Your First Day as a Software Engineer: How to Prepare
So it's your first day on the job as a software developer. What should you expect? How should you carry yourself? There are many ways you can prepare ahead of time. Let's start by looking at what to expect technically, and then talk about non-technical issues.
What to Expect Tech-wise
Although any employer is going to expect some learning curve, the sooner you get up to speed the better. If you plan on the first day to be somewhat technically challenging, you'll be able to hit the ground running and leave a terrific first impression. Your best bet is to simply ask as many questions during the interview or after they've offered you the position, so you'll know exactly what you'll encounter.
For a developer position, the first thing you'll be faced with on your first day is the developer environment. On the broadest level, that means operating system. Most developers today use Linux, although you also see Mac and Windows depending on the projects. You don't want to fumble your way through the introduction to the environment.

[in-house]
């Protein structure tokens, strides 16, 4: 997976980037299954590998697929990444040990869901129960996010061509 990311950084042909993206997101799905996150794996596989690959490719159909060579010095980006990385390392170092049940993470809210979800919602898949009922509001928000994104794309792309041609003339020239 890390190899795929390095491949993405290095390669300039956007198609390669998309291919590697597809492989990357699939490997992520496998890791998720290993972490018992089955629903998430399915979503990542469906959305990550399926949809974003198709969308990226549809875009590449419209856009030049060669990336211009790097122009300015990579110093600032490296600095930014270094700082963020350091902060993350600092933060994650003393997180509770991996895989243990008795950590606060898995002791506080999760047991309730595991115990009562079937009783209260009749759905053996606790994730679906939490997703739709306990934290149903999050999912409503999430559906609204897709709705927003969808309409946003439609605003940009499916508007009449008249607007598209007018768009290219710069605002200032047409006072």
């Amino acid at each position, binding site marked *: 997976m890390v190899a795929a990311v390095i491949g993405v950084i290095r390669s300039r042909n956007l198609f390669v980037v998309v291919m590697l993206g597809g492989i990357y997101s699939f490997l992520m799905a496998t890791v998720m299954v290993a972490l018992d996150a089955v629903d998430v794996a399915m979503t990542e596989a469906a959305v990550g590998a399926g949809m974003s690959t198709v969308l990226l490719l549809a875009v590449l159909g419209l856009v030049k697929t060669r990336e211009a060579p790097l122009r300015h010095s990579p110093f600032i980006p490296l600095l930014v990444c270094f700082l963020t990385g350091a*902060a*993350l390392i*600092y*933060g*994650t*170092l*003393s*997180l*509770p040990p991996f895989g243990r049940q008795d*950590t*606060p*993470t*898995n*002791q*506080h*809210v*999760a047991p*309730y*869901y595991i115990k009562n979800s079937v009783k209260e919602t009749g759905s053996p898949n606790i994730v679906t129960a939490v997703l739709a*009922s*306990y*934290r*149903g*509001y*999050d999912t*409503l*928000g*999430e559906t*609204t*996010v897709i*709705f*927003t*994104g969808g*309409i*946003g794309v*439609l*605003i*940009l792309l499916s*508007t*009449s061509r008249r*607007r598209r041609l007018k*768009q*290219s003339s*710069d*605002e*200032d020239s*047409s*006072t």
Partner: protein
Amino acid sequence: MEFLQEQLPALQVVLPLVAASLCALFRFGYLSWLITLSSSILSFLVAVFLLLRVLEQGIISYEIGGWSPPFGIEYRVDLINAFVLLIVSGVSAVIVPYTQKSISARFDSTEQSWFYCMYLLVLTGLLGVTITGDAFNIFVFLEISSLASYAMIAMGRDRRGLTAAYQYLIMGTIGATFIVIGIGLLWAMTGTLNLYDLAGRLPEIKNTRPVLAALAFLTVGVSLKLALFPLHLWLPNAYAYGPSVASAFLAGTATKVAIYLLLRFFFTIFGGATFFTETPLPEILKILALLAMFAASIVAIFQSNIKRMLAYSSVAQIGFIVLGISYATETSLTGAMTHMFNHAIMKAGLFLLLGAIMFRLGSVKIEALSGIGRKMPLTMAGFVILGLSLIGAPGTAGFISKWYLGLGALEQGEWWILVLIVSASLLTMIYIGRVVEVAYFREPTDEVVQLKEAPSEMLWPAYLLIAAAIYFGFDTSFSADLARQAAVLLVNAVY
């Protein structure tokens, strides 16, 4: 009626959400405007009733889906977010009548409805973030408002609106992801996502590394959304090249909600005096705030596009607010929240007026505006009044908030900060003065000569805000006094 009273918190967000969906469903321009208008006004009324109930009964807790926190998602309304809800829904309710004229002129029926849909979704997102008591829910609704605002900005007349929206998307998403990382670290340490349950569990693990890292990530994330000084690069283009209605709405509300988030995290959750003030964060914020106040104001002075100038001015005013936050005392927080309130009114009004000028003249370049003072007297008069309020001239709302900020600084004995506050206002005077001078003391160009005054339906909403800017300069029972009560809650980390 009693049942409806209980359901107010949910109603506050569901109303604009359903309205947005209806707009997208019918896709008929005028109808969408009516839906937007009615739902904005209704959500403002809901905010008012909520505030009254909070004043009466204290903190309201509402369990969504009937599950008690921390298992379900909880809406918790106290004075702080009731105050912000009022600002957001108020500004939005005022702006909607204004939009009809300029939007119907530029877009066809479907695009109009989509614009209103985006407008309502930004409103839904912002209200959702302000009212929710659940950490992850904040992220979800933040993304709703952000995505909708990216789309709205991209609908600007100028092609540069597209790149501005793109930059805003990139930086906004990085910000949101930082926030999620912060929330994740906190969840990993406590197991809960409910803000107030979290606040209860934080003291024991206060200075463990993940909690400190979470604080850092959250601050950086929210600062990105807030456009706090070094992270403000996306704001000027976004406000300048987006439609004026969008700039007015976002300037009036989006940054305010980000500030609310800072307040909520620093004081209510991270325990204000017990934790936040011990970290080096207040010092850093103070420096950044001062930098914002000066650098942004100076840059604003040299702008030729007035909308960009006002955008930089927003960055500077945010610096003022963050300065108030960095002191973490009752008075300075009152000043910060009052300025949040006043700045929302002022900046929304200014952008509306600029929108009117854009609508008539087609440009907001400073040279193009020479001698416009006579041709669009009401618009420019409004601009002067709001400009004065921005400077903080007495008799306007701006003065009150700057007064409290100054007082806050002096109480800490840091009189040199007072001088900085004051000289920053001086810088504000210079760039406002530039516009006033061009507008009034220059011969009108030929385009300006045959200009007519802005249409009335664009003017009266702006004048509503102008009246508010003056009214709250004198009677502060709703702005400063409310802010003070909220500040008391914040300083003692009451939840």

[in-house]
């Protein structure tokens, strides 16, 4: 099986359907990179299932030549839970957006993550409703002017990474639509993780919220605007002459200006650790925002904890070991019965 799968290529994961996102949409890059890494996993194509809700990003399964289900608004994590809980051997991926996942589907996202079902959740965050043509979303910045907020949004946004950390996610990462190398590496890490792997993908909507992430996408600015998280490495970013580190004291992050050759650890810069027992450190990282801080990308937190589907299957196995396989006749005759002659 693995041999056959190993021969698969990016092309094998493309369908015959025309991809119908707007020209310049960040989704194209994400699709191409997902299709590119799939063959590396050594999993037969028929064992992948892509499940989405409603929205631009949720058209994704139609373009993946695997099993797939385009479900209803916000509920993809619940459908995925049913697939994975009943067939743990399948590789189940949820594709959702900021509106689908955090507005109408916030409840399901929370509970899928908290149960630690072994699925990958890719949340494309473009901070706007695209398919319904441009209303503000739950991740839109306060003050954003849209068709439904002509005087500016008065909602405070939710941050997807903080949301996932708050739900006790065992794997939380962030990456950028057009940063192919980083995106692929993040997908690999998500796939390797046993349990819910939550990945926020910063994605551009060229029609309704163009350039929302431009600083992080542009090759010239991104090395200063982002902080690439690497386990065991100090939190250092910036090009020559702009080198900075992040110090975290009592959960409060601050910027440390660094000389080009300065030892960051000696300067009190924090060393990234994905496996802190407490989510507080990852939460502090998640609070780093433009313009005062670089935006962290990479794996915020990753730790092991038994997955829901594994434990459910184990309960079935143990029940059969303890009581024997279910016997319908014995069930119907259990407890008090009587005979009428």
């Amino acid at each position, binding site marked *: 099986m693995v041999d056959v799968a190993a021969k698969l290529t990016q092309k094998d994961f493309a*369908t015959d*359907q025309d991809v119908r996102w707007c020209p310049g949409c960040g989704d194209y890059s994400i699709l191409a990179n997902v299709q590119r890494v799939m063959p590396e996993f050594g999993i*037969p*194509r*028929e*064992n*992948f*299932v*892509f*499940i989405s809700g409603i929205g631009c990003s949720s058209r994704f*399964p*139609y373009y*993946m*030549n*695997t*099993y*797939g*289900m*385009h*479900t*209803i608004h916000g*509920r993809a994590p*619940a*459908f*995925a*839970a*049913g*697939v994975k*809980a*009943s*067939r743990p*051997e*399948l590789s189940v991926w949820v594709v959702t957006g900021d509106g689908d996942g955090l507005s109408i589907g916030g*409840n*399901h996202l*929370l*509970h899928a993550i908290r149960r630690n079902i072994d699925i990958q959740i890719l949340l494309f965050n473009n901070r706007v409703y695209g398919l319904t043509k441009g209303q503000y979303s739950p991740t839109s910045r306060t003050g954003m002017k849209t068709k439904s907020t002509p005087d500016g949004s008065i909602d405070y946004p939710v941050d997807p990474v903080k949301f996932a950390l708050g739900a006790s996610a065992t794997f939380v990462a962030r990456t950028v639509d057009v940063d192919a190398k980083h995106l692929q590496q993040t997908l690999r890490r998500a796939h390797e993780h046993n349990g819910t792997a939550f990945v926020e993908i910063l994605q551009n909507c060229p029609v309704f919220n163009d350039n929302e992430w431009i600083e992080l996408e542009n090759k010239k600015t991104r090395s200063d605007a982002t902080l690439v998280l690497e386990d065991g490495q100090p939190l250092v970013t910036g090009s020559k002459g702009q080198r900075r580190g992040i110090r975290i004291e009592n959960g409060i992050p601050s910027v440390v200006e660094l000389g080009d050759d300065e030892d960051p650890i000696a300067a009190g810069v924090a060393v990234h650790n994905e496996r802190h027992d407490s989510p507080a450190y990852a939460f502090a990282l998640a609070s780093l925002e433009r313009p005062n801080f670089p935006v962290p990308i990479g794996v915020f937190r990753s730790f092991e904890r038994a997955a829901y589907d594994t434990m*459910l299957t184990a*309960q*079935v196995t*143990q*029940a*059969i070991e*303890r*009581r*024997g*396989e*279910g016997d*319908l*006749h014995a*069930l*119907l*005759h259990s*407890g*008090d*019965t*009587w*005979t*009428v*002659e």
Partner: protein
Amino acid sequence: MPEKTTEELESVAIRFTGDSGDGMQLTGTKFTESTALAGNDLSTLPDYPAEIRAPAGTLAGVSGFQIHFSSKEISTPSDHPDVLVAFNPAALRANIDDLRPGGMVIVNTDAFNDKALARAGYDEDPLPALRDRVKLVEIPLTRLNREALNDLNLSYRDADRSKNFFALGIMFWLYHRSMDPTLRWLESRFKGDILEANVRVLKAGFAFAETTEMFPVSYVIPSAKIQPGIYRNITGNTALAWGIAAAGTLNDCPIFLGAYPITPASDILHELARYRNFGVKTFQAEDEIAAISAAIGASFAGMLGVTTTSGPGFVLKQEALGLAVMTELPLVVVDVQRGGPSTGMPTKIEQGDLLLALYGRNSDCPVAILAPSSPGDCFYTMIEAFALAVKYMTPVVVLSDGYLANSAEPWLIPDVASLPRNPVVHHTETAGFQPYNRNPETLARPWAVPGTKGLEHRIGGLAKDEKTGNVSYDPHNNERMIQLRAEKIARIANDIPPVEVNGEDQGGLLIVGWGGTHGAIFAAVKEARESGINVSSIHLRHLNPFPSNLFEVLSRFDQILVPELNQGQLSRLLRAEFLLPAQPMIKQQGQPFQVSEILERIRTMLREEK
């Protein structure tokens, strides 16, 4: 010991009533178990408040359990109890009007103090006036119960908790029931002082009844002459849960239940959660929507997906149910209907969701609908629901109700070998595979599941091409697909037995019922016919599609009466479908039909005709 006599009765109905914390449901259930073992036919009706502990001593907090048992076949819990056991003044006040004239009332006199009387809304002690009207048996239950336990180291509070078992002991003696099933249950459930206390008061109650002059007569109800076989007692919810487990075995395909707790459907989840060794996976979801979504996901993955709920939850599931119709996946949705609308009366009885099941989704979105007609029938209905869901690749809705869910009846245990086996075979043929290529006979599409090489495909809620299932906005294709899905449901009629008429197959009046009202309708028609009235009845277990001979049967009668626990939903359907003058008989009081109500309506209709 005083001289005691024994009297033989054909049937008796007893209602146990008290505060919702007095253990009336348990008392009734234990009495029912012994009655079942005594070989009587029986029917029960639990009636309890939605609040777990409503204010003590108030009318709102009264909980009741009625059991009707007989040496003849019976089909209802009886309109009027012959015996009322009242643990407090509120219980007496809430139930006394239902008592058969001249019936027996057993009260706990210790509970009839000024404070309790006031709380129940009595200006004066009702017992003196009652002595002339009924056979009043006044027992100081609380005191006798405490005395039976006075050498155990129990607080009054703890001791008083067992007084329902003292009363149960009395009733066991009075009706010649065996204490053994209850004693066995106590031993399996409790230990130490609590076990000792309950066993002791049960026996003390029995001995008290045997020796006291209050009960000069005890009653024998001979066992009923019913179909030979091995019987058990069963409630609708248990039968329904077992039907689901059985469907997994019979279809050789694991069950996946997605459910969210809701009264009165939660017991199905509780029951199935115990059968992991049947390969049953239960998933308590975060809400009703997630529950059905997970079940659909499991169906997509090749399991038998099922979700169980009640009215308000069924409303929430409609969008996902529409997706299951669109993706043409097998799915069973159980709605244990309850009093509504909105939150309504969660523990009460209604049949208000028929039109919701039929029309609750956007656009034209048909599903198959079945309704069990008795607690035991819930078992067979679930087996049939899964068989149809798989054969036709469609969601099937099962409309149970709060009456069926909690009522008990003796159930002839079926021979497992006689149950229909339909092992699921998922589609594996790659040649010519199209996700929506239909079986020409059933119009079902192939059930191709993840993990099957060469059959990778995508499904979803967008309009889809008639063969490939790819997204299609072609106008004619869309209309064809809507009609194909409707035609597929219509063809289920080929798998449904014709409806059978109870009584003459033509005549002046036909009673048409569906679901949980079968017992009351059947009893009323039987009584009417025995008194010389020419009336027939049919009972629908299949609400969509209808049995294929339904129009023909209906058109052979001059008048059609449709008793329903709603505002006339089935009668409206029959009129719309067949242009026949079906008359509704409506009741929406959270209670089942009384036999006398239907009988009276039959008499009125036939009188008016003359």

While the directory structure will be new to you, you should easily be able to move about the directory structure using familiar commands. If you're on Linux, you'll likely need to know the bash shell and the usual commands for managing directories, files, and permissions, as well as how to ssh into a server. For Mac you'll need to know similarly with its terminal. Windows is tricky; you'll likely need to know the traditional command line prompt; or, you might need to know Powershell. Ask before you arrive for your first day.
Additionally, you might see a virtual environment such as a Linux distro installed inside VirtualBox on a Windows machine, or perhaps the new Windows Subsystem for Linux running on Windows 10. Find out beforehand, and study up so you're ready when you start.